viper69

ArachnoGod
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Dec 8, 2006
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Bulbs over Ts tend to kill them, under tank heaters do as well. However people have had some success with UTHs that are placed on the SIDE of the container. A space heater is your best and safest tool for T husbandry.

Like all exotic animals, there are places to be cheap, and there are places where being cheap kills them.

I would get a scrubland/desert species, one that is not expensive. Also slings (spiders less than 2" in this context) can dry out very easily.

@EulersK probably lives in the driest, and hottest climate of any of us. Ask him what he would do. I tagged him, he'll be around at some point.
 

EulersK

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If you want a show species that can handle extremes, look at NW terrestrials. I made a list of a few to look at. During your dry winter months, I'd overflow the water dish every other week or so. During the more humid summer months, just supply a water dish and that's all. I wouldn't get a sling of any species until you have the basic husbandry down. All of the species I'm recommending are usually out all of the time, but understand that there will always be exceptions. They'll all be set up basically the same way as well. The prices will vary wildly between these species, so just take a look around to see what fits in your budget. The majority of them are very slow growers, so either get yourself a large juvenile or an adult unless you don't mind having a small spider for a few years.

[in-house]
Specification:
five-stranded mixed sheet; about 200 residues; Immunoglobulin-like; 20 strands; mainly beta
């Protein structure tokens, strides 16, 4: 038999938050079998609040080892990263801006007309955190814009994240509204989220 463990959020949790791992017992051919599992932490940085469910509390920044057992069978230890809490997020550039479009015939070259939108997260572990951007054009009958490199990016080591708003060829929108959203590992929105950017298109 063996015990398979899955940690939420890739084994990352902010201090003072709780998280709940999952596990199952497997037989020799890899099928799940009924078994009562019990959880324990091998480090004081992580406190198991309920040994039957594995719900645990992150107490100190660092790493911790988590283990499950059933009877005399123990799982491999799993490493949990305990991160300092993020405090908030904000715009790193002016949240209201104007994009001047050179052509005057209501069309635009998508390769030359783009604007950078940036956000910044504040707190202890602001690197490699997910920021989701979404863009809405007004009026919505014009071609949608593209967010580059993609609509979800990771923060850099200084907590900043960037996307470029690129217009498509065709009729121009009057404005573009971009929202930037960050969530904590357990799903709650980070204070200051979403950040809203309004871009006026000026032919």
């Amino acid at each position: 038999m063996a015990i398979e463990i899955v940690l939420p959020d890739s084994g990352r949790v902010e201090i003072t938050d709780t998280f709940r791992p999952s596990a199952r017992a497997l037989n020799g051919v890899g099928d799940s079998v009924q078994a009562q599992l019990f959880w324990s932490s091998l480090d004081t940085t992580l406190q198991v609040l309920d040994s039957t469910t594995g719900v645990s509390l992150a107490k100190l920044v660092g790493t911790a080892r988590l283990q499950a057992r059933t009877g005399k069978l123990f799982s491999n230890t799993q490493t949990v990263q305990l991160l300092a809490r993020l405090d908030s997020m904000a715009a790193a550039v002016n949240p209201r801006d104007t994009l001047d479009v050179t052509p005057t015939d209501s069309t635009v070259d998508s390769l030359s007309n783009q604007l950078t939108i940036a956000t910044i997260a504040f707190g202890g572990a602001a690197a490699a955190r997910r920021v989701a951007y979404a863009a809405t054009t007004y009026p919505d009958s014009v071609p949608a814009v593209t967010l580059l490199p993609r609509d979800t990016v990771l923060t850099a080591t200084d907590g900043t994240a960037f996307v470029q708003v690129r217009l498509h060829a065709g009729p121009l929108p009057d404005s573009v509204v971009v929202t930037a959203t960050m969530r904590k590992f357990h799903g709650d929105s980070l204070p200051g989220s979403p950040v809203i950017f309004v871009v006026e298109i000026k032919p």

B. vagans
B. albopilosum
B. boehmei
B. smithi
G. pulchripes
G. porteri
G. rosea
G. pulchra (might want to keep this one a tad more humid)
A. chalcodes

The A. chalcodes is by far my favorite beginner tarantula, and luckily they're very inexpensive. You can easily find an adult female for around $50, which is what I suggest that you do.
 

REEFSPIDER

Arachnobaron
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May 6, 2016
Messages
412